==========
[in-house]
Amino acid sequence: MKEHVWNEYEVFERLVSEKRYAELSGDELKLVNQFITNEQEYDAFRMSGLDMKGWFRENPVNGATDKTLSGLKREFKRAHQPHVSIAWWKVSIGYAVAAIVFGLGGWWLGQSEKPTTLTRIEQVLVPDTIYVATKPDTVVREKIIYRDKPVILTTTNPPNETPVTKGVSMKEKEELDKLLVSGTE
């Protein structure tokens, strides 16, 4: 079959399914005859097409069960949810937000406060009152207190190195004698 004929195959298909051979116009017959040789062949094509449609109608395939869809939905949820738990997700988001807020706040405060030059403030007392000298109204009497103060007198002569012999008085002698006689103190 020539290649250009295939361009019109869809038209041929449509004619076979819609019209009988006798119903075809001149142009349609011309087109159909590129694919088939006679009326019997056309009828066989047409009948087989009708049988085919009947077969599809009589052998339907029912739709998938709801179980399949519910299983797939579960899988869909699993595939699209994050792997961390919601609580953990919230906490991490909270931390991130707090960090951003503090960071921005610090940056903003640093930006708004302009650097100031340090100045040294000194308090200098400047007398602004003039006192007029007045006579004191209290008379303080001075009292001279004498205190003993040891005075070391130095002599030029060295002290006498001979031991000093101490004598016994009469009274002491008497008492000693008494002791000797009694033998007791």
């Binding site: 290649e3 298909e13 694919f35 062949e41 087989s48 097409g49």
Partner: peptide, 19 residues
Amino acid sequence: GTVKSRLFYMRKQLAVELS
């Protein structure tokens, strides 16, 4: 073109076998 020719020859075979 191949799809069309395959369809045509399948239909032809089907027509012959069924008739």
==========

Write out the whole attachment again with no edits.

[in-house]
Amino acid sequence: MKEHVWNEYEVFERLVSEKRYAELSGDELKLVNQFITNEQEYDAFRMSGLDMKGWFRENPVNGATDKTLSGLKREFKRAHQPHVSIAWWKVSIGYAVAAIVFGLGGWWLGQSEKPTTLTRIEQVLVPDTIYVATKPDTVVREKIIYRDKPVILTTTNPPNETPVTKGVSMKEKEELDKLLVSGTE
């Protein structure tokens, strides 16, 4: 079959399914005859097409069960949810937000406060009152207190190195004698 004929195959298909051979116009017959040789062949094509449609109608395939869809939905949820738990997700988001807020706040405060030059403030007392000298109204009497103060007198002569012999008085002698006689103190 020539290649250009295939361009019109869809038209041929449509004619076979819609019209009988006798119903075809001149142009349609011309087109159909590129694919088939006679009326019997056309009828066989047409009948087989009708049988085919009947077969599809009589052998339907029912739709998938709801179980399949519910299983797939579960899988869909699993595939699209994050792997961390919601609580953990919230906490991490909270931390991130707090960090951003503090960071921005610090940056903003640093930006708004302009650097100031340090100045040294000194308090200098400047007398602004003039006192007029007045006579004191209290008379303080001075009292001279004498205190003993040891005075070391130095002599030029060295002290006498001979031991000093101490004598016994009469009274002491008497008492000693008494002791000797009694033998007791």
């Binding site: 290649e3 298909e13 694919f35 062949e41 087989s48 097409g49």
Partner: peptide, 19 residues
Amino acid sequence: GTVKSRLFYMRKQLAVELS
């Protein structure tokens, strides 16, 4: 073109076998 020719020859075979 191949799809069309395959369809045509399948239909032809089907027509012959069924008739």